After almost three months now, Ms. B. hasn’t been talking to E. in Hungarian at all, although in some emergency situations Ms. B. needs to talk in Hungarian to other kids. Another relevant point is E. likes her a lot. (So much that in October we had several evenings when I had to play Ms. B.’s role during bath time at home.)
On the first official nursery day they hit it off. (sorry about the quality of the photos, most of them were taken secretly)
Exploring the nursery garden with Ms B.
The first few days and weeks went without any problem. I guess I was more worried and nervous about the transition than she was. Evidently, she enjoys playing there, loves the teachers and some of the kids, too.
On the first day with Ms. L. –
Of course, we couldn’t avoid the initial illnesses, which gave me more possibility to increase the English time (at home).
Look, Daddy this is my box. My sign’s on it.
There are quite a lot of educational activities every single day (crafts, learning shapes, colours, rhymes and songs, circle games, story time etc.) on the basis of the Montessori Method that keep them busy and occupied.
feeling by touching
rhymes and story telling
learning verses and poems
developing rhythm and a sense of music
fine motor skills
arts and crafts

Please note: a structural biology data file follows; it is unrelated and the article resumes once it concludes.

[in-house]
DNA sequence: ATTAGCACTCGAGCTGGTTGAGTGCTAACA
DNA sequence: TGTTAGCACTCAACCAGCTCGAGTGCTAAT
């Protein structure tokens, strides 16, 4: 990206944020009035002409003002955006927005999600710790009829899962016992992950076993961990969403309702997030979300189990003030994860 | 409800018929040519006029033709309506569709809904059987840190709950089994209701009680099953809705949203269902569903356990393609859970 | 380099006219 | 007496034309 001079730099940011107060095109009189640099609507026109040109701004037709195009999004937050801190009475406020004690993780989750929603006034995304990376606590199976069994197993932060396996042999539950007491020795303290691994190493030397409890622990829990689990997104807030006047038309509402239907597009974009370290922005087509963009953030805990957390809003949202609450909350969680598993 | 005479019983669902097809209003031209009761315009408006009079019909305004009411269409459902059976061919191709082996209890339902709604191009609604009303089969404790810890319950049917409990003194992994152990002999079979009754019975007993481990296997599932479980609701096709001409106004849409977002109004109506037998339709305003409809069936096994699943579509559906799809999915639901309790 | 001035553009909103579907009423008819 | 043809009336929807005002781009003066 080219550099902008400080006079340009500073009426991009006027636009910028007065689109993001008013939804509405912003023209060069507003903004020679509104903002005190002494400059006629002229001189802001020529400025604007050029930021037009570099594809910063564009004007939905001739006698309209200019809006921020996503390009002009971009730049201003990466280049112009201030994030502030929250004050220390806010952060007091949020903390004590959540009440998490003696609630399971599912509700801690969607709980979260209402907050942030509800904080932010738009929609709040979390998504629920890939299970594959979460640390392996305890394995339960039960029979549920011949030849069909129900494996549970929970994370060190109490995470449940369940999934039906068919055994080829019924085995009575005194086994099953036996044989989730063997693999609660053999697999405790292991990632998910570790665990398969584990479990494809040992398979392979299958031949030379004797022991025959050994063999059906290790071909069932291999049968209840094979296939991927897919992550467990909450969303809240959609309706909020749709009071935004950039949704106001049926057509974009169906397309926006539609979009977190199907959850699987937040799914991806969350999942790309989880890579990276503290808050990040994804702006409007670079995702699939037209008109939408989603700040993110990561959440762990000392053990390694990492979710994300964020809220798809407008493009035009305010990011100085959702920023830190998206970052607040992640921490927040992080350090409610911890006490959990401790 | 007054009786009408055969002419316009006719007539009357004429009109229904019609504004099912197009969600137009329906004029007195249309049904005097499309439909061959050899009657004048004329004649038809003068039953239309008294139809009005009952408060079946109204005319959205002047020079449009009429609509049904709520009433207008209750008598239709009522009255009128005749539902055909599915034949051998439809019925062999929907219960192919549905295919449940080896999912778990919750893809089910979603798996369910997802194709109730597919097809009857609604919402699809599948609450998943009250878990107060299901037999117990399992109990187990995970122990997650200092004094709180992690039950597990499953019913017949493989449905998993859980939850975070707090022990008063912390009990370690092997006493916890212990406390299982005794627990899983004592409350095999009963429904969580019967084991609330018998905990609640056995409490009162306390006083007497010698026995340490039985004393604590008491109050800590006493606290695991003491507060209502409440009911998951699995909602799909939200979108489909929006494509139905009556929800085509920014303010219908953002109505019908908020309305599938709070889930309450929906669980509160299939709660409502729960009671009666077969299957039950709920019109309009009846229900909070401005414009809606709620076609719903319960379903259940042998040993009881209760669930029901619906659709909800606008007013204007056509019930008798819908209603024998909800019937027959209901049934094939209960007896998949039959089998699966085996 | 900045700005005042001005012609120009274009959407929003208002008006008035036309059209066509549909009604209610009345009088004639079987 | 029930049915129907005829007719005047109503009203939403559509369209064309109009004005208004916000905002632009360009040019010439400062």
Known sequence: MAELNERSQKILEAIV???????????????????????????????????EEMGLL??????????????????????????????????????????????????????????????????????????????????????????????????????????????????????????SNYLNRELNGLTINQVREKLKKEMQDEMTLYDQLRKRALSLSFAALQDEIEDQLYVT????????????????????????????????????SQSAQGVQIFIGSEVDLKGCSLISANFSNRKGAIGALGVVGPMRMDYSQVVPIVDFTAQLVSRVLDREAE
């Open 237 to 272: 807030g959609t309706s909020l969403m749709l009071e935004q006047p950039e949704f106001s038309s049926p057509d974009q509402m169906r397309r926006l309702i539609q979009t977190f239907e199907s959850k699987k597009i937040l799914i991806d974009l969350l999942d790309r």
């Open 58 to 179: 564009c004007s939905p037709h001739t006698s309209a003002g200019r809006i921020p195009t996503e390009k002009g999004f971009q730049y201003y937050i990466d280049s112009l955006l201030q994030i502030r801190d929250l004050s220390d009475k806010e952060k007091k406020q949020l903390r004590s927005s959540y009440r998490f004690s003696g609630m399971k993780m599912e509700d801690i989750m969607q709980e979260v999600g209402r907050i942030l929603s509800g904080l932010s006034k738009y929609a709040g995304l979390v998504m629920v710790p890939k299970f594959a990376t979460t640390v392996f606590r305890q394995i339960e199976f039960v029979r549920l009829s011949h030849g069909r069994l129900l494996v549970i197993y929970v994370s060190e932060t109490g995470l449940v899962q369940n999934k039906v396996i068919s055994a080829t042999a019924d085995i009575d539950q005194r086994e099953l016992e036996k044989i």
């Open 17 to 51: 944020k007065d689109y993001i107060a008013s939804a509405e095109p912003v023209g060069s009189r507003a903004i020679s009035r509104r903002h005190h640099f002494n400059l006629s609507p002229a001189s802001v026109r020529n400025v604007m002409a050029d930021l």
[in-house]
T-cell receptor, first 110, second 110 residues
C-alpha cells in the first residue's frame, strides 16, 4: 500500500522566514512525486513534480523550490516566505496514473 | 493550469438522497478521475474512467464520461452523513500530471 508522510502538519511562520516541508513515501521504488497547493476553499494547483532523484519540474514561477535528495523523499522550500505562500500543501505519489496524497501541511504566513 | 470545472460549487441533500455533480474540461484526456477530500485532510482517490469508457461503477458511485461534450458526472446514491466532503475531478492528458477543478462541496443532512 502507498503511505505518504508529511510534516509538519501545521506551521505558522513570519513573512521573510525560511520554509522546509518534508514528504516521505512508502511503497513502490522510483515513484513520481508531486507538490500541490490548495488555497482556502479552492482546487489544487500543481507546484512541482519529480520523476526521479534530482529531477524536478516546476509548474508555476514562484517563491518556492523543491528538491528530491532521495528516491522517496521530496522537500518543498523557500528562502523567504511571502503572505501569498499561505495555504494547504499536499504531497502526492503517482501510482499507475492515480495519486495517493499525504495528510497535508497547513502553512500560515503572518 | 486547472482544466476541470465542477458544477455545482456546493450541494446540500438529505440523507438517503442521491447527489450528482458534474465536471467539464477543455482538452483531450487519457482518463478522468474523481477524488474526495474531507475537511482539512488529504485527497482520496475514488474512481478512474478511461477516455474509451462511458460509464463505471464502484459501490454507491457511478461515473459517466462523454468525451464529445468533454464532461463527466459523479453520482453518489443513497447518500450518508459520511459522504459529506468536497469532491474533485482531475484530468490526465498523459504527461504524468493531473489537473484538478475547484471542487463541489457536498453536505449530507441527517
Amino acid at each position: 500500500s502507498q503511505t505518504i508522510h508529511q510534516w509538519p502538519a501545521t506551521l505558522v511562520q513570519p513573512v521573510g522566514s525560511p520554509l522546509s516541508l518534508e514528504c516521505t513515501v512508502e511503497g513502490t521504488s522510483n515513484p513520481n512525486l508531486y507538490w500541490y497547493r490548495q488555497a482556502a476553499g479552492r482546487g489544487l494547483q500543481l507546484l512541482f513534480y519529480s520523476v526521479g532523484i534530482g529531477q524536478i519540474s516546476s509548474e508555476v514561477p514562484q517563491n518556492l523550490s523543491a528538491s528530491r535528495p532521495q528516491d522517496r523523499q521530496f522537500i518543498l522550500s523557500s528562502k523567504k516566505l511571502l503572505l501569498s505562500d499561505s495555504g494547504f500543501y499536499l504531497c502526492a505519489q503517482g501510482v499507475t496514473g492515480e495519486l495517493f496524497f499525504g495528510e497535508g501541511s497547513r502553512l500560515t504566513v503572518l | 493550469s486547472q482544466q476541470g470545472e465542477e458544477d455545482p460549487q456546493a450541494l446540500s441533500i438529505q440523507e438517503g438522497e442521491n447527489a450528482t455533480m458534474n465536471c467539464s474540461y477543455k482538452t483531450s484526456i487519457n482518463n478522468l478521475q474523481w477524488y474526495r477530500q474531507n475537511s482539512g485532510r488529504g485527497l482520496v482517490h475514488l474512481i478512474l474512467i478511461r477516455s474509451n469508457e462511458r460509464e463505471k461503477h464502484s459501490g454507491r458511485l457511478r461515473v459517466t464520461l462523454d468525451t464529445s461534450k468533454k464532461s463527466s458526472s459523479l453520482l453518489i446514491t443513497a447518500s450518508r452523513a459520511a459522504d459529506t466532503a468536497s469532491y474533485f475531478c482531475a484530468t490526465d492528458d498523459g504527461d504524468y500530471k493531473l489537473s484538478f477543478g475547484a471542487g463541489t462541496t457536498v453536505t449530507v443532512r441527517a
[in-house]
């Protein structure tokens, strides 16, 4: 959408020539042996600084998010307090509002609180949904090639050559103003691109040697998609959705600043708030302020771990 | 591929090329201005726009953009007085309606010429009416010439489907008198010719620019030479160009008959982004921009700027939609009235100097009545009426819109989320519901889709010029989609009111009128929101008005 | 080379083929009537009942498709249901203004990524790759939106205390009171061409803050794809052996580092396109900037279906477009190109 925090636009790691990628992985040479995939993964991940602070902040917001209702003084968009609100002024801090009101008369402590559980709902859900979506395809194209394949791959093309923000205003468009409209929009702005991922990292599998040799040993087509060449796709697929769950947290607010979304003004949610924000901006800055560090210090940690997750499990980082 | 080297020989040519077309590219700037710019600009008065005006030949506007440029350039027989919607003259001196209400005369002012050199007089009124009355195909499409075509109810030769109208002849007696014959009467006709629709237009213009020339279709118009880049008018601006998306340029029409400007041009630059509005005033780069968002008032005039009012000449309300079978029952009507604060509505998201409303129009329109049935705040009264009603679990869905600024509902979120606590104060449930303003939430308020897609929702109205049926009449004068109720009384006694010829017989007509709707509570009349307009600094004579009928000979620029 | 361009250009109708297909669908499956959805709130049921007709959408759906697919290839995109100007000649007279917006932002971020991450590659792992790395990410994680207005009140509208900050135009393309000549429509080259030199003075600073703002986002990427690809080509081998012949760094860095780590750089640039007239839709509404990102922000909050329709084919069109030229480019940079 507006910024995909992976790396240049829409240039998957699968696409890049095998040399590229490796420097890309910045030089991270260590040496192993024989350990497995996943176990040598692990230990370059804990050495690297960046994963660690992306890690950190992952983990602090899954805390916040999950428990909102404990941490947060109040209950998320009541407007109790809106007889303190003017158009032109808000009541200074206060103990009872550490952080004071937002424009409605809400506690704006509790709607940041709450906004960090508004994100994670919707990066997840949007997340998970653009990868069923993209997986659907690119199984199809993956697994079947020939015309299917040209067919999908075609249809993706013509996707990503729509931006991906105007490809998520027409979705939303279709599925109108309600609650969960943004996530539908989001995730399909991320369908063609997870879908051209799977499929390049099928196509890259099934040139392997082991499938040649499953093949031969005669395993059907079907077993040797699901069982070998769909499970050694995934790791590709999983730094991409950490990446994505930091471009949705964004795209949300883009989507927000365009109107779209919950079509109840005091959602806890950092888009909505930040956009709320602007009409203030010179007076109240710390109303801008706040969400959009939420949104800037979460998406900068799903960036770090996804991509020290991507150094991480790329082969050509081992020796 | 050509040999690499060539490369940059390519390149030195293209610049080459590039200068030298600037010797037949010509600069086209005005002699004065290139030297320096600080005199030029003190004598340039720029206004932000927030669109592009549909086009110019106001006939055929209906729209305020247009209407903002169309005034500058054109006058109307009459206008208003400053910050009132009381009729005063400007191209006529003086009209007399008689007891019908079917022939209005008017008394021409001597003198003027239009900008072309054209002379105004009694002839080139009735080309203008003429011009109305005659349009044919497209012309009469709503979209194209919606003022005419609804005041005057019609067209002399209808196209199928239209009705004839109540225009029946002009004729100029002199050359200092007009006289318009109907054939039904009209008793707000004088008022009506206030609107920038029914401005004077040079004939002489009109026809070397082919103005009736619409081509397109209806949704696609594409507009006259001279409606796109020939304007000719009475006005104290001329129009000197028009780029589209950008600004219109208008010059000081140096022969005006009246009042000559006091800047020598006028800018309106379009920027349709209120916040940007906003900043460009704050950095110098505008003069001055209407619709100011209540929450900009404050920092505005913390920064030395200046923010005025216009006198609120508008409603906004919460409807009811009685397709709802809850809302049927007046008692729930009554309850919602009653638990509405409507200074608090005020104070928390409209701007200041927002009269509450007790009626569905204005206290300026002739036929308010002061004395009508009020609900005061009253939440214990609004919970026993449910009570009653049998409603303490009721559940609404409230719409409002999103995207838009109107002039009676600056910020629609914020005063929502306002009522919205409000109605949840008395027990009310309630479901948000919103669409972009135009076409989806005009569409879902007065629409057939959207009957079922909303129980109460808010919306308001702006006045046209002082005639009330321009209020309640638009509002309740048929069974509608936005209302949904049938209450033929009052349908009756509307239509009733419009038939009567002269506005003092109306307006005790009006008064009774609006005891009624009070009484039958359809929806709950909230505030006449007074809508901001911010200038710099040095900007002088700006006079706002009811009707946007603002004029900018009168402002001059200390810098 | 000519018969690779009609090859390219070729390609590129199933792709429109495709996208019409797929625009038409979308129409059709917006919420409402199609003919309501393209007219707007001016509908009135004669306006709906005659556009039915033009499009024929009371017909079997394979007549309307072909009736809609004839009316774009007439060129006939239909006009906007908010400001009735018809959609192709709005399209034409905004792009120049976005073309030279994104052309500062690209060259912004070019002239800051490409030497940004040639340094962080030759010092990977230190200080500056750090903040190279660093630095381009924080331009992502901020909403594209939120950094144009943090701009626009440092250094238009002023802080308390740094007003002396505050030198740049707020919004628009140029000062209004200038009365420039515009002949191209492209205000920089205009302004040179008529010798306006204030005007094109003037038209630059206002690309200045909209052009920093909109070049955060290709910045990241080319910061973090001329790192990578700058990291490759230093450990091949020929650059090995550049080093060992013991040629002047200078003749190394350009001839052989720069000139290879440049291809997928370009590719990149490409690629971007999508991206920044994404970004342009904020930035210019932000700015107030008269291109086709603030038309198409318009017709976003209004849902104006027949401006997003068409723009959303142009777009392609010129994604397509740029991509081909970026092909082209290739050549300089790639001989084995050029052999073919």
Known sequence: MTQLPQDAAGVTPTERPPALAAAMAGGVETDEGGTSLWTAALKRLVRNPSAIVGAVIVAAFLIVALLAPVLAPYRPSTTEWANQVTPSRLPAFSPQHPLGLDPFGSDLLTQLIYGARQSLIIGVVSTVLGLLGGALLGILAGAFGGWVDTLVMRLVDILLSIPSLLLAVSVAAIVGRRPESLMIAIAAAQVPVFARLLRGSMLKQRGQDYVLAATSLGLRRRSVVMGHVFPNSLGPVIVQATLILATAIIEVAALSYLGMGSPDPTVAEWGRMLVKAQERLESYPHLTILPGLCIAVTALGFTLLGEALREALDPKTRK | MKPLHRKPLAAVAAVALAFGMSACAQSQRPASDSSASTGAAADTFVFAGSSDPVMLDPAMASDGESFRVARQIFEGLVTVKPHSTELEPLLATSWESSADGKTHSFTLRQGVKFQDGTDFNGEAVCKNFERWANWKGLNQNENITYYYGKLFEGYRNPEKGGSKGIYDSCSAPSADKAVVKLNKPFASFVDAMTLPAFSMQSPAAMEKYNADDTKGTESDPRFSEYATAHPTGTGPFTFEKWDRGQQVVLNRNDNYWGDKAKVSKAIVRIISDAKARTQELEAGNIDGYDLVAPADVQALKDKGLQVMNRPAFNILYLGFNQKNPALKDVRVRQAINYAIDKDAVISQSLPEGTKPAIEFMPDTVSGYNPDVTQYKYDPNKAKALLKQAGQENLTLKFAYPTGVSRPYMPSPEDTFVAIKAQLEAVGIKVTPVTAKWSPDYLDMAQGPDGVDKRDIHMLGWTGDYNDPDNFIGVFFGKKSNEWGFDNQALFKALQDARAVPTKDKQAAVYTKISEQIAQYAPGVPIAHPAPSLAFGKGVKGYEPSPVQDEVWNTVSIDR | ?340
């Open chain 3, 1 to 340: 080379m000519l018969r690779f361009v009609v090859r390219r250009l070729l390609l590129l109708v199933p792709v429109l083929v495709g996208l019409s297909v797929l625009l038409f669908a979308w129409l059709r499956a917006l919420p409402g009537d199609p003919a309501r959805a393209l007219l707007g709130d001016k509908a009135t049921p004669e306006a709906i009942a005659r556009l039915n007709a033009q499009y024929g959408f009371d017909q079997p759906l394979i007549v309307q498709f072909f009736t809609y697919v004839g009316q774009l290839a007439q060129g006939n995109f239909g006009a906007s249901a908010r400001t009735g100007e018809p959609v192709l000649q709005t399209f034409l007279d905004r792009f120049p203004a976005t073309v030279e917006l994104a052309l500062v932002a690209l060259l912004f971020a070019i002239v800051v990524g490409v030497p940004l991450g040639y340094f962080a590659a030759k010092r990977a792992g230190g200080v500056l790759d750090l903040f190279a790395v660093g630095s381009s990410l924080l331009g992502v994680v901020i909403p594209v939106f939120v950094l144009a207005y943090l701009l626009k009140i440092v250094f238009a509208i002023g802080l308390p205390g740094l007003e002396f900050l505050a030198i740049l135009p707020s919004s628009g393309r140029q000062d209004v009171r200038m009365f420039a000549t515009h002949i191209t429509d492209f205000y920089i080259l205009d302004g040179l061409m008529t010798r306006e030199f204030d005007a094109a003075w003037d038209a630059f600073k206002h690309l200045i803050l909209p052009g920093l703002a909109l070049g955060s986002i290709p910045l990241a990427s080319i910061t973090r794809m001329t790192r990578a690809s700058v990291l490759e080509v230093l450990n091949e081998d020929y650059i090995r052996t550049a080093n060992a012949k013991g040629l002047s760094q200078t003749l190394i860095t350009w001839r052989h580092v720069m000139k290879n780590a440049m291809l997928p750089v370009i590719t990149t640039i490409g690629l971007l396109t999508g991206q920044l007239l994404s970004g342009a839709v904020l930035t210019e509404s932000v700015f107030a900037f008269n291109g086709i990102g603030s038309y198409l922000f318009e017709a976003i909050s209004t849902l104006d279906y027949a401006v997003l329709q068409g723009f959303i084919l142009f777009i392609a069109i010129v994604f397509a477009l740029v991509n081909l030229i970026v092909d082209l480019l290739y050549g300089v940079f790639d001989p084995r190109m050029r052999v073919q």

modelling clay, painting, gluing, threading etc.
love of nature
exploring our environment
plants and animals
Until the end of October every Tuesday the kids went pony-riding in the other premises of the nursery (Duna Ovi). From the middle of November (next week) they are starting ice-skating. E. just can’t wait. I hope she’ll like it. I’m not sure if she has understood what ice-skating means exactly.
The nursery also has a daily routine:
7.30-8.45 arrivals, free play time
8.45-9.00 doing exercise
9.00-9.05 changing nappies or toilet time
9.05-9.30 breakfast, teeth brushing
9.30-10.15 educational sessions (20 mins in English, 20 mins in Hungarian)
10.15-10.30 snack time (fruit, vegetables)
10.30-11.30 playtime in the playground (depending on weather conditions)
11.30-11.40 toilet time
11.40-12.15 lunch time
12.15-14.30 quiet time, sleepy time
14.30-15.15 waking up period, snack time
15.15-15.45 educational session (15 mins in English, 15 mins in Hungarian)
15.45 – free play time, departure
Food: healthy and varied (Daddy asked me one day looking at E.’s weekly menu if he himself could sign up for lunch at the nursery 😉 – we receive the menu every week.
Look, that’s my horse
preparing for special occasions like grape harvest festival, Halloween, Santa Claus day (Dec 6) or Christmas
I have a video about the educational session in English (and in Hungarian), but E. was ill and didn’t take part. What’s more, I should ask the nursery for permission to put the video up on my blog. So it might come later on.